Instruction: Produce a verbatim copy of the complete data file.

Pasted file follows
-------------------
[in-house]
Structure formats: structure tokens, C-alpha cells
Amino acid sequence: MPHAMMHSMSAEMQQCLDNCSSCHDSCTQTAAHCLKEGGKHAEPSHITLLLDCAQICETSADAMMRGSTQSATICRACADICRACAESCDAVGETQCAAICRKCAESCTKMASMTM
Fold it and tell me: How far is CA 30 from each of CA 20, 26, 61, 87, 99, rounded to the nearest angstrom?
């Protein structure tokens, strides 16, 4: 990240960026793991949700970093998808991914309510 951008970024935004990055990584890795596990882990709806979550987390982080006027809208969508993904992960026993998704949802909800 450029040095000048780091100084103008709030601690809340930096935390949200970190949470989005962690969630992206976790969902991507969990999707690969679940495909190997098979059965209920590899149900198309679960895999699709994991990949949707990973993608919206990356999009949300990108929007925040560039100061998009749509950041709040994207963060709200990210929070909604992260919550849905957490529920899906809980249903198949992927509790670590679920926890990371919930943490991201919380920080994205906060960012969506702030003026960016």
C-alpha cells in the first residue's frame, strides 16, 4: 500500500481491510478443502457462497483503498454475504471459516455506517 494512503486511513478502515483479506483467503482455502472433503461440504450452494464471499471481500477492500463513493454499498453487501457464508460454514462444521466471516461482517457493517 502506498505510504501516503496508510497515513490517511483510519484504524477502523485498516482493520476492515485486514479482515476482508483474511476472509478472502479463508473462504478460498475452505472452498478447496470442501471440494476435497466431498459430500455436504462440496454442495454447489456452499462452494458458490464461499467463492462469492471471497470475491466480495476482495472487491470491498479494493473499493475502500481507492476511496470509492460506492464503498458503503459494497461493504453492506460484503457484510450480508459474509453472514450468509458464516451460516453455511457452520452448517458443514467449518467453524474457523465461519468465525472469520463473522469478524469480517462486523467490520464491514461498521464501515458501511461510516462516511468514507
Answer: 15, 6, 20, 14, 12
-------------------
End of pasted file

[in-house]
Structure formats: structure tokens, C-alpha cells
Amino acid sequence: MPHAMMHSMSAEMQQCLDNCSSCHDSCTQTAAHCLKEGGKHAEPSHITLLLDCAQICETSADAMMRGSTQSATICRACADICRACAESCDAVGETQCAAICRKCAESCTKMASMTM
Fold it and tell me: How far is CA 30 from each of CA 20, 26, 61, 87, 99, rounded to the nearest angstrom?
């Protein structure tokens, strides 16, 4: 990240960026793991949700970093998808991914309510 951008970024935004990055990584890795596990882990709806979550987390982080006027809208969508993904992960026993998704949802909800 450029040095000048780091100084103008709030601690809340930096935390949200970190949470989005962690969630992206976790969902991507969990999707690969679940495909190997098979059965209920590899149900198309679960895999699709994991990949949707990973993608919206990356999009949300990108929007925040560039100061998009749509950041709040994207963060709200990210929070909604992260919550849905957490529920899906809980249903198949992927509790670590679920926890990371919930943490991201919380920080994205906060960012969506702030003026960016």
C-alpha cells in the first residue's frame, strides 16, 4: 500500500481491510478443502457462497483503498454475504471459516455506517 494512503486511513478502515483479506483467503482455502472433503461440504450452494464471499471481500477492500463513493454499498453487501457464508460454514462444521466471516461482517457493517 502506498505510504501516503496508510497515513490517511483510519484504524477502523485498516482493520476492515485486514479482515476482508483474511476472509478472502479463508473462504478460498475452505472452498478447496470442501471440494476435497466431498459430500455436504462440496454442495454447489456452499462452494458458490464461499467463492462469492471471497470475491466480495476482495472487491470491498479494493473499493475502500481507492476511496470509492460506492464503498458503503459494497461493504453492506460484503457484510450480508459474509453472514450468509458464516451460516453455511457452520452448517458443514467449518467453524474457523465461519468465525472469520463473522469478524469480517462486523467490520464491514461498521464501515458501511461510516462516511468514507
Answer: 15, 6, 20, 14, 12